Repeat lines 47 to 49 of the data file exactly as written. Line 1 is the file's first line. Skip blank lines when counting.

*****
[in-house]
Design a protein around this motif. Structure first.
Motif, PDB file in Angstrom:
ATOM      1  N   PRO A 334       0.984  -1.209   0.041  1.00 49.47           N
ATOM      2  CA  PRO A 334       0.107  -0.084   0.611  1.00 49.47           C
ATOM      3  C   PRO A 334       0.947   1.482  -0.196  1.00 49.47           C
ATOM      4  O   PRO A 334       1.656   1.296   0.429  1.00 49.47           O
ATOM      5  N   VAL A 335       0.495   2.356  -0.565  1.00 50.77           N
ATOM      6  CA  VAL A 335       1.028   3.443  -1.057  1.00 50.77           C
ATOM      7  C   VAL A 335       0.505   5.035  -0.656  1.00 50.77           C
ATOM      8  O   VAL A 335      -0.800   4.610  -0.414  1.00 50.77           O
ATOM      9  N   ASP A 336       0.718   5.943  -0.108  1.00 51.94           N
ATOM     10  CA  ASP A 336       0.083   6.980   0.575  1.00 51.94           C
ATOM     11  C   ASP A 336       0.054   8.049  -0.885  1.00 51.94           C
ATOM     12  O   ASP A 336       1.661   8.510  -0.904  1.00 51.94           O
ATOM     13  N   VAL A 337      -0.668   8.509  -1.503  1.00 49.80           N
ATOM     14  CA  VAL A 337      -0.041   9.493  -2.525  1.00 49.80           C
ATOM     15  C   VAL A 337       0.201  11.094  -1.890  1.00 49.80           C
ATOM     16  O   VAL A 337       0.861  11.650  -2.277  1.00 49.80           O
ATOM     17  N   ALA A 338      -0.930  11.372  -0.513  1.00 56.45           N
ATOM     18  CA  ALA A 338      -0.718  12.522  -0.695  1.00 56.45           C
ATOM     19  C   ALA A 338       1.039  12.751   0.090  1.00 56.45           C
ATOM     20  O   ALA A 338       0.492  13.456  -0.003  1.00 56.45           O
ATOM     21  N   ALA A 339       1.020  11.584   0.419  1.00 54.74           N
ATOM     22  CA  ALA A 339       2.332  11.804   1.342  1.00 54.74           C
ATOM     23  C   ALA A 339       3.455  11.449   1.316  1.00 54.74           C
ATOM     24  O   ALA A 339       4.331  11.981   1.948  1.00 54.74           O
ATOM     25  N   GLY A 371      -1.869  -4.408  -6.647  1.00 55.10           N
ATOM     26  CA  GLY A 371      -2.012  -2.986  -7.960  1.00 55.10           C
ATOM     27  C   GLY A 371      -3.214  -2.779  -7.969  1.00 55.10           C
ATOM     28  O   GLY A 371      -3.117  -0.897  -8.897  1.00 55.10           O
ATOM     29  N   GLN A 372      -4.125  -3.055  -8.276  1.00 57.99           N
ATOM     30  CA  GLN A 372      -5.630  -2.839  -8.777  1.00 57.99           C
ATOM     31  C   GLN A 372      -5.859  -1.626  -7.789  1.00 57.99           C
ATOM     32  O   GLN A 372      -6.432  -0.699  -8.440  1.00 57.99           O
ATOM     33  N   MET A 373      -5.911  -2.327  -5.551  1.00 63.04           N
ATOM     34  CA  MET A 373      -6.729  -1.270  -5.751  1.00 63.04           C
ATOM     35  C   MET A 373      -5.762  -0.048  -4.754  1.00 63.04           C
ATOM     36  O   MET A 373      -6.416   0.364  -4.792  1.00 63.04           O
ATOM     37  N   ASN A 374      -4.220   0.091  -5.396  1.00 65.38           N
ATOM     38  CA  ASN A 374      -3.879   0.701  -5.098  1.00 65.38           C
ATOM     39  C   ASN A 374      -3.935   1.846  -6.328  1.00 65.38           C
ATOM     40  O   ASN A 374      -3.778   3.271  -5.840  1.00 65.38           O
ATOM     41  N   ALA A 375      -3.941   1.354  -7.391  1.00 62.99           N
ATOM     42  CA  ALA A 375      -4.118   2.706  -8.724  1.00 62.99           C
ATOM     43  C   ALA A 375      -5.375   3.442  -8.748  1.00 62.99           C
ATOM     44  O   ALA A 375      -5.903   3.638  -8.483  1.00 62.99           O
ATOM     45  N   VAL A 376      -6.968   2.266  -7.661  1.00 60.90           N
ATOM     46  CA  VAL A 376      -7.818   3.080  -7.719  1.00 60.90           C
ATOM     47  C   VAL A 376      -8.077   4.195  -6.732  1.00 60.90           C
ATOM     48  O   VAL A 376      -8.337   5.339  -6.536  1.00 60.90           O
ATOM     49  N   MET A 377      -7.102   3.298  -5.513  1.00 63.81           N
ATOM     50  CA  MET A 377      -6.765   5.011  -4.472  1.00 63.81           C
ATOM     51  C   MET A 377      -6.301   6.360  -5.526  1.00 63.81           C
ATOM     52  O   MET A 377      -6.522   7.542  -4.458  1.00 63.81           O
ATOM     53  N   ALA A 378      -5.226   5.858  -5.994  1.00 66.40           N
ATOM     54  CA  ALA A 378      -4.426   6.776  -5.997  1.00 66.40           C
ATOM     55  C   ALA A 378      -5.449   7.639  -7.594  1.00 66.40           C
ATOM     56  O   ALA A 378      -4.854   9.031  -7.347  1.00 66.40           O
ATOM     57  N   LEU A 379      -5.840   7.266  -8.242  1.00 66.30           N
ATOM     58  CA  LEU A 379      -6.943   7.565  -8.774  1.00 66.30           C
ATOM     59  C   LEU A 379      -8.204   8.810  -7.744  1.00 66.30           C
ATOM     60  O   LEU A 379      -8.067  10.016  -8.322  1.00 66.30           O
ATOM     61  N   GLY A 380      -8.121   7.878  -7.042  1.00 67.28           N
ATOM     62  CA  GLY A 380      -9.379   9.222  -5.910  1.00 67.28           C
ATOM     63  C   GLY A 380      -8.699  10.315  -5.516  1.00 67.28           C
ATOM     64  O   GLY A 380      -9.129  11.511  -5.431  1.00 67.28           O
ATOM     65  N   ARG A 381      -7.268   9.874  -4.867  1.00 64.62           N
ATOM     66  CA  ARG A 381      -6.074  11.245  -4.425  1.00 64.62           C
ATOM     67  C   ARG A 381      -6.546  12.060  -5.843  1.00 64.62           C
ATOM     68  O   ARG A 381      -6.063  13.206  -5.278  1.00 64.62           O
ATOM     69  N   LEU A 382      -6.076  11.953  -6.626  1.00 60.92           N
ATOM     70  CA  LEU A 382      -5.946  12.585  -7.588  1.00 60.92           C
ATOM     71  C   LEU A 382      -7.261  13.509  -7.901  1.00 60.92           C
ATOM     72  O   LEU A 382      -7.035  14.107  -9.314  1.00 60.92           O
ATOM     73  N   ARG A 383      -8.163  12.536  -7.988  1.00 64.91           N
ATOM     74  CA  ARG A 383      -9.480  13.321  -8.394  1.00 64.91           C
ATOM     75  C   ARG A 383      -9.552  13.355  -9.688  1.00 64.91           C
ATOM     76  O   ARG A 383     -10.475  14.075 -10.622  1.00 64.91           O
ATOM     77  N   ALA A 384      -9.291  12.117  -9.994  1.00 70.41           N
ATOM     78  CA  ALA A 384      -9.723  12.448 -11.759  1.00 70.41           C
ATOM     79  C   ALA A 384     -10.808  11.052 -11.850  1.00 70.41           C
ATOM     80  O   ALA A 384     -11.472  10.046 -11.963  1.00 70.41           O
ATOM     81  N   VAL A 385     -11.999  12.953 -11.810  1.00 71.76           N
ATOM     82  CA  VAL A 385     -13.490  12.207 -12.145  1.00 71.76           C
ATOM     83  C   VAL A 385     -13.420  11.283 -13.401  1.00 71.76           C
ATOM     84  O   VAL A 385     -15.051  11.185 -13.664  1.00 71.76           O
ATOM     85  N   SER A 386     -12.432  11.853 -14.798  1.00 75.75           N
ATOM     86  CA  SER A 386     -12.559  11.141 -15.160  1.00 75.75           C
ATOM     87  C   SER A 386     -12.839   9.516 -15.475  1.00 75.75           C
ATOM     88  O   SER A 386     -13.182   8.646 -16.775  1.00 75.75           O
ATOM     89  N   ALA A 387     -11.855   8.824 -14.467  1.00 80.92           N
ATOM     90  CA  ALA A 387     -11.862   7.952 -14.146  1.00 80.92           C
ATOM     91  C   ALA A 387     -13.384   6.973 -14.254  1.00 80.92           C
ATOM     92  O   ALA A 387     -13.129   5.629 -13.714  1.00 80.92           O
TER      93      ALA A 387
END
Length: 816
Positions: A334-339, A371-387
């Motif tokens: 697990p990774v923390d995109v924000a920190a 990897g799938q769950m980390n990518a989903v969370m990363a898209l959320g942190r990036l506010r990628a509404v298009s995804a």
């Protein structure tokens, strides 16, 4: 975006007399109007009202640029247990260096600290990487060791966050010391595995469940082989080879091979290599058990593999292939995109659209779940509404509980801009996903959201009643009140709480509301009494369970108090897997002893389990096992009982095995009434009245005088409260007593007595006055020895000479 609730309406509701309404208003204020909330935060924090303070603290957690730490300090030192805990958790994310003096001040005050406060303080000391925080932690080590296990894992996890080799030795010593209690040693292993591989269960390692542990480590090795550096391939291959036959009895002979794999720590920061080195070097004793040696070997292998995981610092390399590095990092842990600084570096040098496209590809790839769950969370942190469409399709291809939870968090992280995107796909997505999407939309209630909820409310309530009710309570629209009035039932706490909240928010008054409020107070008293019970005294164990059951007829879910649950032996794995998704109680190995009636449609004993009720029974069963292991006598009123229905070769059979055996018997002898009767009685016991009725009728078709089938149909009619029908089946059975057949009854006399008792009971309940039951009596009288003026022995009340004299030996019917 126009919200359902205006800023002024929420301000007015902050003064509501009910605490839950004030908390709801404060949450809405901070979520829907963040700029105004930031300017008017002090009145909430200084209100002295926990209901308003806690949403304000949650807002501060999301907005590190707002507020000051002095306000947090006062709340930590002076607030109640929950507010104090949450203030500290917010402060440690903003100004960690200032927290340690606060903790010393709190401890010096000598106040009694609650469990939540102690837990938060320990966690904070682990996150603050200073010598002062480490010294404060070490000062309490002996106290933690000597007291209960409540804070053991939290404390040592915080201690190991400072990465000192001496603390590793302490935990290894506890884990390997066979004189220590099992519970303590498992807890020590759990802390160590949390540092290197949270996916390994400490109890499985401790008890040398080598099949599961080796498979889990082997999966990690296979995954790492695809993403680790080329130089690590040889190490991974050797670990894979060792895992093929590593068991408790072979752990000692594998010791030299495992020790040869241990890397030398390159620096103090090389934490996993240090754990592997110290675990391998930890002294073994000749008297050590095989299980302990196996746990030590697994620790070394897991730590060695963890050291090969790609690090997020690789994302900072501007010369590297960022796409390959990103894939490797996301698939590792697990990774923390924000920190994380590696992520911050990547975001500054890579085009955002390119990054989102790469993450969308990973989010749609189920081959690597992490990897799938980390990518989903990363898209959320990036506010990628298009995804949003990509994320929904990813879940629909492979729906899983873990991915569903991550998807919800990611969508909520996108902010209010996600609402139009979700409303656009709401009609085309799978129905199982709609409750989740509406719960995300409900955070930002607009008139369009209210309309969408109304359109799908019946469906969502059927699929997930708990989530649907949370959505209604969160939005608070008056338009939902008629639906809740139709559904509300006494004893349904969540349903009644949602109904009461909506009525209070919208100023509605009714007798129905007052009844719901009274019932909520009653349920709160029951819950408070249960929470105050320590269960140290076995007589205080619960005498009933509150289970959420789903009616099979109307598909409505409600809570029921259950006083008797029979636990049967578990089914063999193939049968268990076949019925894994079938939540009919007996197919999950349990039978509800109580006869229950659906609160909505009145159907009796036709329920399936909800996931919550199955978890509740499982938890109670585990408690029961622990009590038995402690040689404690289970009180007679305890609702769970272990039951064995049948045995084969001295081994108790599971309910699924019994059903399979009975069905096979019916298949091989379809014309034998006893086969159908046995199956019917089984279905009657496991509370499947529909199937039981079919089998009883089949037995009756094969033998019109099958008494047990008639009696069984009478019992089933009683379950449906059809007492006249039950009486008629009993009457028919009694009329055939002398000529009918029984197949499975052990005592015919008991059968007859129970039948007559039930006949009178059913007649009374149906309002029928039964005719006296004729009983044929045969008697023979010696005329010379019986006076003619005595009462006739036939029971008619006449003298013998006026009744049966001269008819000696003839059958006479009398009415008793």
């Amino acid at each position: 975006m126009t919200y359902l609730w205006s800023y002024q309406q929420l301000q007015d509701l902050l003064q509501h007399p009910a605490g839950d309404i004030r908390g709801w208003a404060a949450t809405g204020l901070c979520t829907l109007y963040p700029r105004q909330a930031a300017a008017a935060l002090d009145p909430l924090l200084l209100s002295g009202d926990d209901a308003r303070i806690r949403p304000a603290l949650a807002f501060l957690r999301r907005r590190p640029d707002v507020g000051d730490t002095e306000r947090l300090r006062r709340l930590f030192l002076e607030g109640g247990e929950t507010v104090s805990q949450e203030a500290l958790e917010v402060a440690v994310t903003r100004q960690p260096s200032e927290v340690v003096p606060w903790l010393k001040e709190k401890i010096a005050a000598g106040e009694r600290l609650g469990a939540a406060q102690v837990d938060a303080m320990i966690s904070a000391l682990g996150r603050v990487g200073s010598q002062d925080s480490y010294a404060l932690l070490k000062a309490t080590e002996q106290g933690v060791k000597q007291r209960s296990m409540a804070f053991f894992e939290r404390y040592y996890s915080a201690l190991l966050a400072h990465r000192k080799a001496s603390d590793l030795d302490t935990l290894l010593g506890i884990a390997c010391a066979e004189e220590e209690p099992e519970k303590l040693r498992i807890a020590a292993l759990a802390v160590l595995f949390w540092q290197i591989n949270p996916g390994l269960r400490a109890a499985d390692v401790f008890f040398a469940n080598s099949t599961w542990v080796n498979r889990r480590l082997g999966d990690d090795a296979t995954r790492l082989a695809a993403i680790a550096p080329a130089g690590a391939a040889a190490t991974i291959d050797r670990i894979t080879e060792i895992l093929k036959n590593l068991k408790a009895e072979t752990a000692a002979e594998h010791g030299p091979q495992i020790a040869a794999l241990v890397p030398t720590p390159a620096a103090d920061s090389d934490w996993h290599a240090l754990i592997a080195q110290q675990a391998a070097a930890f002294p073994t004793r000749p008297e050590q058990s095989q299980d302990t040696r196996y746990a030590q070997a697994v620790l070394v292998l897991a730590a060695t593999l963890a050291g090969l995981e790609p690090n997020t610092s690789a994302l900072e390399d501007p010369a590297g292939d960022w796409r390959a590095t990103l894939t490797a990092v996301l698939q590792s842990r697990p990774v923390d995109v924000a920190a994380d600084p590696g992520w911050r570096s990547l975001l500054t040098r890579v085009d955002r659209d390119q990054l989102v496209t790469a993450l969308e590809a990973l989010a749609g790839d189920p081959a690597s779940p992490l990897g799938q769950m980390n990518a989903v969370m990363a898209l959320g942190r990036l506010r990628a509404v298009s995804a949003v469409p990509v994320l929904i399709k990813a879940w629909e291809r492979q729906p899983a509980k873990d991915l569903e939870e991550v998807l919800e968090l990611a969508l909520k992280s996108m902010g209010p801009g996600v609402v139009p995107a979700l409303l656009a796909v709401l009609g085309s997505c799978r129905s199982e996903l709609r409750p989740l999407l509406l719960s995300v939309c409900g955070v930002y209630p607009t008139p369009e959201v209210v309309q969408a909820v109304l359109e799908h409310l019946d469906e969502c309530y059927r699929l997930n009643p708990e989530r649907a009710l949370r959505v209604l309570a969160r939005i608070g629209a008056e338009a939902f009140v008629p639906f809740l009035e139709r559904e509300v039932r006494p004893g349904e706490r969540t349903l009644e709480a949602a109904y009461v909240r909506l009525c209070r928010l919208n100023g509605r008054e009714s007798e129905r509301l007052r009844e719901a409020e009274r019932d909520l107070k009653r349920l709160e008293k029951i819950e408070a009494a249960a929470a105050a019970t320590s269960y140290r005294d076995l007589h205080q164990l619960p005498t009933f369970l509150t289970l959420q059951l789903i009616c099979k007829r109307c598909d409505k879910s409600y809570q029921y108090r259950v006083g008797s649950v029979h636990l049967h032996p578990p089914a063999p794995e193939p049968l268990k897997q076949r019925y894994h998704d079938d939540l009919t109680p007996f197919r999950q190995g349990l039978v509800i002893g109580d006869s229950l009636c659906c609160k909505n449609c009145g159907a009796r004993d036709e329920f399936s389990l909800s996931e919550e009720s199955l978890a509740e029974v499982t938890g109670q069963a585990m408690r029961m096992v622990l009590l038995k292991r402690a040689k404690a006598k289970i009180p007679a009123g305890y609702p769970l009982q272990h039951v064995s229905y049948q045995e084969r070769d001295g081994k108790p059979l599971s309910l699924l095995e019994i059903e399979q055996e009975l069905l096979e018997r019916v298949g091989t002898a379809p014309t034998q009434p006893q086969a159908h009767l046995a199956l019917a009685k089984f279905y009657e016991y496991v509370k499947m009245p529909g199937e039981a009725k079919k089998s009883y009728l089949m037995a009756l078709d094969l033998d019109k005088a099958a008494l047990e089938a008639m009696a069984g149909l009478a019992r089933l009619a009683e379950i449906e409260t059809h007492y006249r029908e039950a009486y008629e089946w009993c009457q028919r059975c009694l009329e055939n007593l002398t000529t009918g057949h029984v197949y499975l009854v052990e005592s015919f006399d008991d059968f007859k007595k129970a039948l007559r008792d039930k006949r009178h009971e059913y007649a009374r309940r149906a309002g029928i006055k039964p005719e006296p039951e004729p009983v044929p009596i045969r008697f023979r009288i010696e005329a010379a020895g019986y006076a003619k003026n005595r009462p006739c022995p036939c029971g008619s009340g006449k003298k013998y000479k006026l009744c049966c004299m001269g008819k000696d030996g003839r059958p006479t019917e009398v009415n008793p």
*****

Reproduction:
ATOM     44  O   ALA A 375      -5.903   3.638  -8.483  1.00 62.99           O
ATOM     45  N   VAL A 376      -6.968   2.266  -7.661  1.00 60.90           N
ATOM     46  CA  VAL A 376      -7.818   3.080  -7.719  1.00 60.90           C